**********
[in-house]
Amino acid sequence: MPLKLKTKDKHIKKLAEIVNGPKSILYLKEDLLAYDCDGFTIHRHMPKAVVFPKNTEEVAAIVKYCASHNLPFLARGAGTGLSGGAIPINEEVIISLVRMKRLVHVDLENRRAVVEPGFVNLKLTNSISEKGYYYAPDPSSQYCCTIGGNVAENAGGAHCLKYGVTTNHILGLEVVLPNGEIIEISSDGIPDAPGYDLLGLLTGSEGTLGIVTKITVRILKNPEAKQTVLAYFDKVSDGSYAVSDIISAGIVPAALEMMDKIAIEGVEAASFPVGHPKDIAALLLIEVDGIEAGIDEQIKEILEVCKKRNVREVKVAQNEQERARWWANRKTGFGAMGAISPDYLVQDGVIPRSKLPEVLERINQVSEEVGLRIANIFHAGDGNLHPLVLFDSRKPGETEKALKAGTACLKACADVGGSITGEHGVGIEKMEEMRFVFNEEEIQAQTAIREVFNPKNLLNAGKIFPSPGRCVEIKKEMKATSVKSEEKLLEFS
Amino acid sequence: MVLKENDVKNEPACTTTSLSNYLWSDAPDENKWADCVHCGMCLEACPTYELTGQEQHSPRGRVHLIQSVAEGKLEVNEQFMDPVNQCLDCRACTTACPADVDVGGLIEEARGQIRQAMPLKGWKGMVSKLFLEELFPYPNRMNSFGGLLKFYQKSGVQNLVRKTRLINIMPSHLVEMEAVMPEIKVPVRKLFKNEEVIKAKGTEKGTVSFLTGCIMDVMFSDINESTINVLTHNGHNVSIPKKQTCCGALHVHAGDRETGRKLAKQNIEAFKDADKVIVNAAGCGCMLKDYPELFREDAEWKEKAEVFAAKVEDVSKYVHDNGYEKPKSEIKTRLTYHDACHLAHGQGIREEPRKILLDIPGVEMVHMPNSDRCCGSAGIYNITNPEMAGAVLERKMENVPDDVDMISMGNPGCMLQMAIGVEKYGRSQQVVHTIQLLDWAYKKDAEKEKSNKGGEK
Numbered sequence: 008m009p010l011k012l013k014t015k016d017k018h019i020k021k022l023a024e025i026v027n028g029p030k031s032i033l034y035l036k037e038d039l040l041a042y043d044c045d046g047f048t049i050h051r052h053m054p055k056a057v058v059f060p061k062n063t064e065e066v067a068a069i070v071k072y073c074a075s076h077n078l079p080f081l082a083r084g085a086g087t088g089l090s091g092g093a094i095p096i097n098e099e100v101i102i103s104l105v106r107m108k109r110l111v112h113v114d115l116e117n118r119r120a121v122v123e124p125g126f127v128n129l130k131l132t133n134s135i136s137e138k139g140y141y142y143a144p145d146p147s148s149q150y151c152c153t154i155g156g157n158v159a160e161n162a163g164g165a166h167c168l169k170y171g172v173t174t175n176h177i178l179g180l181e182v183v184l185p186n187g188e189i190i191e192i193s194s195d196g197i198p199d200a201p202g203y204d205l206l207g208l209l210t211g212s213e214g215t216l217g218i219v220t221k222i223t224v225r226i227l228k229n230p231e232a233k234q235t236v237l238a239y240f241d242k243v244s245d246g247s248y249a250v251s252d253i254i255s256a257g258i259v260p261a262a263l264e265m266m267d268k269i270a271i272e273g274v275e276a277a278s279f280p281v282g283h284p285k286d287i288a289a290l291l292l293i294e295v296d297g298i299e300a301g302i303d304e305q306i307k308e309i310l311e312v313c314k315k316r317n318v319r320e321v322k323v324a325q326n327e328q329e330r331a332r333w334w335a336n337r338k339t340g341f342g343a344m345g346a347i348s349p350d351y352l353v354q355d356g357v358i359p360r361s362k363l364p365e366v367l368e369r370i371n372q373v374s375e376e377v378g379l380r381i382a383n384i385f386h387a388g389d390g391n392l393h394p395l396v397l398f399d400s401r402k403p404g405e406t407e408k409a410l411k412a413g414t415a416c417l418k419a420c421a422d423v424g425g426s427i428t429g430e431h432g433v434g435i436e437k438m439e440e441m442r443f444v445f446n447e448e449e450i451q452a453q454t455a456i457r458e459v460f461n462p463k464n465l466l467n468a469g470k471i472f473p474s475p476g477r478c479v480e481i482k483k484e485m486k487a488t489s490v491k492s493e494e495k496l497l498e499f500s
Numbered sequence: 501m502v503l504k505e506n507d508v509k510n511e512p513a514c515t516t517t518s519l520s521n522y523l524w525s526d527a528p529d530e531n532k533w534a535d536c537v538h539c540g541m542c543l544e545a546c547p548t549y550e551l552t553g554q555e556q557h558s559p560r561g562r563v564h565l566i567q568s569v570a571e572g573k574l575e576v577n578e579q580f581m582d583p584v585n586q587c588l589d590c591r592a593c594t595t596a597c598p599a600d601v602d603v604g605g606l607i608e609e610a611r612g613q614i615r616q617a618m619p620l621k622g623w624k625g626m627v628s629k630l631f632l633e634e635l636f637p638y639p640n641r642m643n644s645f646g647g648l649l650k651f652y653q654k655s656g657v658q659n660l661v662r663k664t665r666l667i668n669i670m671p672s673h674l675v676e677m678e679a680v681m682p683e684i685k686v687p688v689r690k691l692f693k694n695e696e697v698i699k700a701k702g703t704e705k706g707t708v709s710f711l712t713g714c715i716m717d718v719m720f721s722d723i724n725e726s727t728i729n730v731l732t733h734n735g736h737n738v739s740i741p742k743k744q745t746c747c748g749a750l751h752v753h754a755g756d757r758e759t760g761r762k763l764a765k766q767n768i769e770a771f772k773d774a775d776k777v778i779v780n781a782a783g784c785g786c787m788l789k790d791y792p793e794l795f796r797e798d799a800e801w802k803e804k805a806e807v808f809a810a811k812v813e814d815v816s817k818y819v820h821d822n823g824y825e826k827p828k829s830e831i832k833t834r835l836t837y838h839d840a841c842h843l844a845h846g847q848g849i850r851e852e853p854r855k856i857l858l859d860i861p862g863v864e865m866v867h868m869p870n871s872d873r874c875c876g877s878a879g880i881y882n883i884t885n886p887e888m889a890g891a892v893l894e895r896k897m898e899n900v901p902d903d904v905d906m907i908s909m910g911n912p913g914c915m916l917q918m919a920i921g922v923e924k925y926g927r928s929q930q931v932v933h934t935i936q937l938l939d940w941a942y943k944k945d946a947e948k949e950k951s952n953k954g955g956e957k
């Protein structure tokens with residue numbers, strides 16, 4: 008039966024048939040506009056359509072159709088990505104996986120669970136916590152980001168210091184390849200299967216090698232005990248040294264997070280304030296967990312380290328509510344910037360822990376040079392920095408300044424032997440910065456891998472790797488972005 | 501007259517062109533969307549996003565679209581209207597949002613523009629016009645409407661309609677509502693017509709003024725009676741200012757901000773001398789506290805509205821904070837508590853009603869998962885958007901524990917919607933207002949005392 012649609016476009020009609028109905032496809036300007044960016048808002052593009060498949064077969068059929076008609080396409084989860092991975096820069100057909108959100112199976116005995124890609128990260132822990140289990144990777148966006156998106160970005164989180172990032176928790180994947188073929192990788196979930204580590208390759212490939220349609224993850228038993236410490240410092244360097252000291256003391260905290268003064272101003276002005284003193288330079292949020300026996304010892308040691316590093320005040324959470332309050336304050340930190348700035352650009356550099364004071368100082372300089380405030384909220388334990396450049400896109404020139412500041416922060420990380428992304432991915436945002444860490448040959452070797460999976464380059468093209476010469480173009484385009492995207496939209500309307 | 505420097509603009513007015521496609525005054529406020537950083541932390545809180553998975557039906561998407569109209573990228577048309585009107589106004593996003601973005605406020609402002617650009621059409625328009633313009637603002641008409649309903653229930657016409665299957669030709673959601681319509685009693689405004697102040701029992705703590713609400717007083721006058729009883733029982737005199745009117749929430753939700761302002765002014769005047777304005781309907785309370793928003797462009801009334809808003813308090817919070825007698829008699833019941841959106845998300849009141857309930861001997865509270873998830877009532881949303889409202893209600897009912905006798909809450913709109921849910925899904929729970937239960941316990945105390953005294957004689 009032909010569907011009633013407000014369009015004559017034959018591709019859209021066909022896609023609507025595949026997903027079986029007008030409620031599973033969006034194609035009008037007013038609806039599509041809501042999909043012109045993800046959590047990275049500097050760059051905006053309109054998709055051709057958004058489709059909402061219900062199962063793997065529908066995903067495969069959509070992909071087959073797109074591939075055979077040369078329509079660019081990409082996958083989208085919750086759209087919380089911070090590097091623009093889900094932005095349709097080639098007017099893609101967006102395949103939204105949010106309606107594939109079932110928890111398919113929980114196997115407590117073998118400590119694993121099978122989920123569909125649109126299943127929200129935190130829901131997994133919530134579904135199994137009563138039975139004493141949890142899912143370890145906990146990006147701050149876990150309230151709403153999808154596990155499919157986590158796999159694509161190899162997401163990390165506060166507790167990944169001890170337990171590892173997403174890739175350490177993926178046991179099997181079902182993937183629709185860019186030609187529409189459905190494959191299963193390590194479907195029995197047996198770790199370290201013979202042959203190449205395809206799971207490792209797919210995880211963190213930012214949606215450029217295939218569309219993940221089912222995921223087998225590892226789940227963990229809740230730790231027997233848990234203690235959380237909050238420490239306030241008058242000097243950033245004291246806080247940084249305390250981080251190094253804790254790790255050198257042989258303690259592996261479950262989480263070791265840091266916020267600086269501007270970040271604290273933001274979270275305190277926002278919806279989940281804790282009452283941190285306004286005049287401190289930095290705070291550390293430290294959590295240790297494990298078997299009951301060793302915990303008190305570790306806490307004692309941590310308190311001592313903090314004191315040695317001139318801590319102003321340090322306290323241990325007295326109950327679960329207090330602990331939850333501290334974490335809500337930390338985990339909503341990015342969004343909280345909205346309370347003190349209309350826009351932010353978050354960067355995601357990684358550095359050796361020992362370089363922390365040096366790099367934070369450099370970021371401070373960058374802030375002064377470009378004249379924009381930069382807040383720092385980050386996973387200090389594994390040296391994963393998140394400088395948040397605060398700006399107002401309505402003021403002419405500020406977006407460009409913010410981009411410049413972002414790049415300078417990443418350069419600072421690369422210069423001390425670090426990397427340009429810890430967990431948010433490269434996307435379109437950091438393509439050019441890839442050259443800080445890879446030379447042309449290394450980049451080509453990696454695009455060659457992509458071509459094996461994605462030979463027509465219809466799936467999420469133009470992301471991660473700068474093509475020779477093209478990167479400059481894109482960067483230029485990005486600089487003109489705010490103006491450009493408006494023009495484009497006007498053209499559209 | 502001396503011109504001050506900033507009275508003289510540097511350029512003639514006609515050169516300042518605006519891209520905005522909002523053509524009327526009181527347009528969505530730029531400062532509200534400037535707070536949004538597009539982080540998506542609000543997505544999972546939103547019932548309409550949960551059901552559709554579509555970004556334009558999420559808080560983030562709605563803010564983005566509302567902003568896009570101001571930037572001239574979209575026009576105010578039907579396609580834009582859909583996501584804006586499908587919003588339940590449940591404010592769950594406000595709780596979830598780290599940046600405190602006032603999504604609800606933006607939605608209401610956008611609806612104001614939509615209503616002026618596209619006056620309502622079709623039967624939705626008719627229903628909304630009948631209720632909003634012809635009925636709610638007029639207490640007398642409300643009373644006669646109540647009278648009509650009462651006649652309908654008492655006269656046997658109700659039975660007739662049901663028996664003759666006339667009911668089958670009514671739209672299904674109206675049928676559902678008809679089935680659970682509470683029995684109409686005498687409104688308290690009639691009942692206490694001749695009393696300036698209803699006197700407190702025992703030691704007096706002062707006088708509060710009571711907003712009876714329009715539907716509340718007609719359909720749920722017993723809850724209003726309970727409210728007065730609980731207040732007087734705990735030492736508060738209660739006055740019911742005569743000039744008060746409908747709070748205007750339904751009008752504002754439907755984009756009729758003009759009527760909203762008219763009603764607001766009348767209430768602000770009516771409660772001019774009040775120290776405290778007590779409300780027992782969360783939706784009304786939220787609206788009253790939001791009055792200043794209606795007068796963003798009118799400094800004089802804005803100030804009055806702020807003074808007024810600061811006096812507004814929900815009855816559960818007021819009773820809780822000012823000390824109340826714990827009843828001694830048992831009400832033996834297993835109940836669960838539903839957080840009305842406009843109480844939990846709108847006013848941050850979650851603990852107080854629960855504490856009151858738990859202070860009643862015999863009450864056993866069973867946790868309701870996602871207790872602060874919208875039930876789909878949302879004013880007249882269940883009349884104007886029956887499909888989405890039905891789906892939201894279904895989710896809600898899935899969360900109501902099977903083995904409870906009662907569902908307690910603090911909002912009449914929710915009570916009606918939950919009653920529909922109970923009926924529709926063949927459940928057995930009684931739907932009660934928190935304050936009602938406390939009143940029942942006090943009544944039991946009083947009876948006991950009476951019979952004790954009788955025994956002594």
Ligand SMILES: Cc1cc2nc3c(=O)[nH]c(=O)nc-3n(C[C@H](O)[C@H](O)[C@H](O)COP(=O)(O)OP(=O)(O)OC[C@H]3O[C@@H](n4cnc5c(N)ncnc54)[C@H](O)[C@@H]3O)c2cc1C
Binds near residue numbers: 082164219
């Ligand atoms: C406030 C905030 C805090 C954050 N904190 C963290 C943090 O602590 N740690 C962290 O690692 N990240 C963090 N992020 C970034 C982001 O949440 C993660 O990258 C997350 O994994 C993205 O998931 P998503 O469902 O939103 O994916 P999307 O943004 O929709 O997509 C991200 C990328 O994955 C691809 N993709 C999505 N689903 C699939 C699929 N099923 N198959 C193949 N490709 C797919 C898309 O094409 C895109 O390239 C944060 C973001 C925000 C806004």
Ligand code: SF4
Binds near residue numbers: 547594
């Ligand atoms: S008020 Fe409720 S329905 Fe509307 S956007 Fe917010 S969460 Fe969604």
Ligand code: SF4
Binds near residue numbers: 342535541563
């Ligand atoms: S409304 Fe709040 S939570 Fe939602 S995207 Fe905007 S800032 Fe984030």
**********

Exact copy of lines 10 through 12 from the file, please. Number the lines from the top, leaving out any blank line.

Ligand code: SF4
Binds near residue numbers: 547594
């Ligand atoms: S008020 Fe409720 S329905 Fe509307 S956007 Fe917010 S969460 Fe969604």